Vastarel MR

Vastarel MR Mechanism of Action





Full Prescribing Info
Pharmacotherapeutic Group: Other Cardiovascular Antianginal Drug. ATC Code: C01EB15 (C: cardiovascular system).
Pharmacology: Pharmacodynamics: Mechanism of action: By preserving energy metabolism in cells exposed to hypoxia or ischaemia, trimetazidine prevents a decrease in intracellular ATP levels, thereby ensuring the proper functioning of ionic pumps and transmembrane sodium-potassium flow whilst maintaining cellular homeostasis.
Trimetazidine inhibits β-oxidation of fatty acids by blocking long-chain 3-ketoacyl-CoA thiolase, which enhances glucose oxidation. In an ischaemic cell, energy obtained during glucose oxidation requires less oxygen consumption than in the β-oxidation process. Potentiation of glucose oxidation optimizes cellular energy processes, thereby maintaining proper energy metabolism during ischaemia.
Pharmacodynamic effects: In patients with ischaemic heart disease, trimetazidine acts as a metabolic agent, preserving the myocardial high-energy phosphate intracellular levels. Anti-ischemic effects are achieved without concomitant haemodynamic effects.
Clinical efficacy and safety: Clinical studies have demonstrated the efficacy and safety of trimetazidine in the treatment of patients with chronic angina, when the benefit from other antianginal medicinal products was insufficient.
In a 426-patients randomized, double blind, placebo-controlled study (TRIMPOL-II), trimetazidine (60mg/day) added to metoprolol 100mg daily (50 mg b.i.d) for 12 weeks significantly improved statistically exercise tests parameters and clinical symptoms as compared to placebo: total exercise duration +20.1s, p= 0.023, total workload +0.54 METs, p=0.001, time to 1-mm ST-segment depression +33.4s, p=0.003, time to onset of angina +33.9s, p<0.001, angina attacks/week -0.73, p=0.014 and short acting nitrates consumption/week, -0.63, p=0.032, without hemodynamic changes.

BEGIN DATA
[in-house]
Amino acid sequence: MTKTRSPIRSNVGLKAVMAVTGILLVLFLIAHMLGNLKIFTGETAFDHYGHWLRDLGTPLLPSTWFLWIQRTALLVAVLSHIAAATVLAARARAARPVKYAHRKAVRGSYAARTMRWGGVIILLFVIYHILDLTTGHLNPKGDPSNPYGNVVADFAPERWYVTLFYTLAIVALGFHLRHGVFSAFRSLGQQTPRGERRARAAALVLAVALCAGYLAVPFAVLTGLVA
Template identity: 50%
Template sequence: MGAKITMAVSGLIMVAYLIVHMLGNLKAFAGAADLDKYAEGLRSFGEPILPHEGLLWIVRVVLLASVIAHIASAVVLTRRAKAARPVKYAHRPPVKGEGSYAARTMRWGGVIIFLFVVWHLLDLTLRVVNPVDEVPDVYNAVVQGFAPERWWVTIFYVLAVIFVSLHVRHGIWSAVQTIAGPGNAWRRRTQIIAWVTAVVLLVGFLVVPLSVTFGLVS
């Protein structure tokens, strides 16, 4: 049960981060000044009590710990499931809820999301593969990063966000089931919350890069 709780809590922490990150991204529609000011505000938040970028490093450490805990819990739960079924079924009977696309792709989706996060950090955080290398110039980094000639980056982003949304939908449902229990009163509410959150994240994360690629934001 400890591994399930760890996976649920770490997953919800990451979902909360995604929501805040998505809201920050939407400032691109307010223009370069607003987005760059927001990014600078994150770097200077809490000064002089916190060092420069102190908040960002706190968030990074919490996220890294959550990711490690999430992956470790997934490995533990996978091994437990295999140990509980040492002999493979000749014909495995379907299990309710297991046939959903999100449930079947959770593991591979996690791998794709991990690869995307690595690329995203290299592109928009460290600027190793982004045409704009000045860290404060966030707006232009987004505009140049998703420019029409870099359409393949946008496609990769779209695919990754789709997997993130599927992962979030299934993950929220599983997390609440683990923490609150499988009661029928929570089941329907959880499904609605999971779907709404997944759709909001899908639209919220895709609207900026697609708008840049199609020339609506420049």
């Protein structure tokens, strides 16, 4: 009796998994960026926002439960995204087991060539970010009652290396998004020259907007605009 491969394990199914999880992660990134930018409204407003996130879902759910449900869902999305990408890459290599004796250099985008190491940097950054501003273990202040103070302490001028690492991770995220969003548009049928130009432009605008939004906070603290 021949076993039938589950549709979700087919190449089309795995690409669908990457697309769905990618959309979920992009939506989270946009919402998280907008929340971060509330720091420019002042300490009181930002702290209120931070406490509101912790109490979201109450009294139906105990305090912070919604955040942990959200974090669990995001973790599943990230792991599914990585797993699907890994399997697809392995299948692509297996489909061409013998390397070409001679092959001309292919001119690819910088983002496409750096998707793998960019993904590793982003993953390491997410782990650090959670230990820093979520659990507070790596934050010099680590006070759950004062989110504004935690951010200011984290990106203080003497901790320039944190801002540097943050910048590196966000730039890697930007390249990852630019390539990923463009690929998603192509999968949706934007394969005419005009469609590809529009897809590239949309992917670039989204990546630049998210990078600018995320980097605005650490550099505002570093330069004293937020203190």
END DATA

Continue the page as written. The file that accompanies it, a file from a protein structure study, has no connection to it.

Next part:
In a 223 patients randomized, double blind, placebo-controlled study (Sellier), one 35 mg trimetazidine modified release tablet (b.i.d.) added to 50 mg atenolol (o.d.) for 8 weeks produced a significant increase (+34.4s, p=0.03) in the time to 1-mm ST-segment depression in exercise tests, in a sub-group of patients (n=173), when compared to placebo, 12 hours after taking the drug. A significant difference was also evidenced for the time to onset of angina pectoris (p=0.049). No significant difference between groups could be found for the other secondary endpoints (total exercise duration, total workload and clinical endpoints).
In a 1962 patients three-month randomised, double-blinded study (Vasco study) on top of atenolol 50 mg/d, two dosages of trimetazidine (70 mg/d and 140 mg/d) were tested versus placebo. In the overall population, including both asymptomatic and symptomatic patients, trimetazidine failed to demonstrate a benefit on both ergometric (total exercise duration, time to onset of 1mm ST and time to onset angina) and clinical endpoints. However, in the subgroup of symptomatic patients (n= 1574) defined in a post-hoc analysis, trimetazidine (140 mg) significantly improved total exercise duration (+23.8 s versus +13.1 s placebo; p=0.001) and time to onset of angina (+46.3 s versus +32.5 s placebo; p=0.005).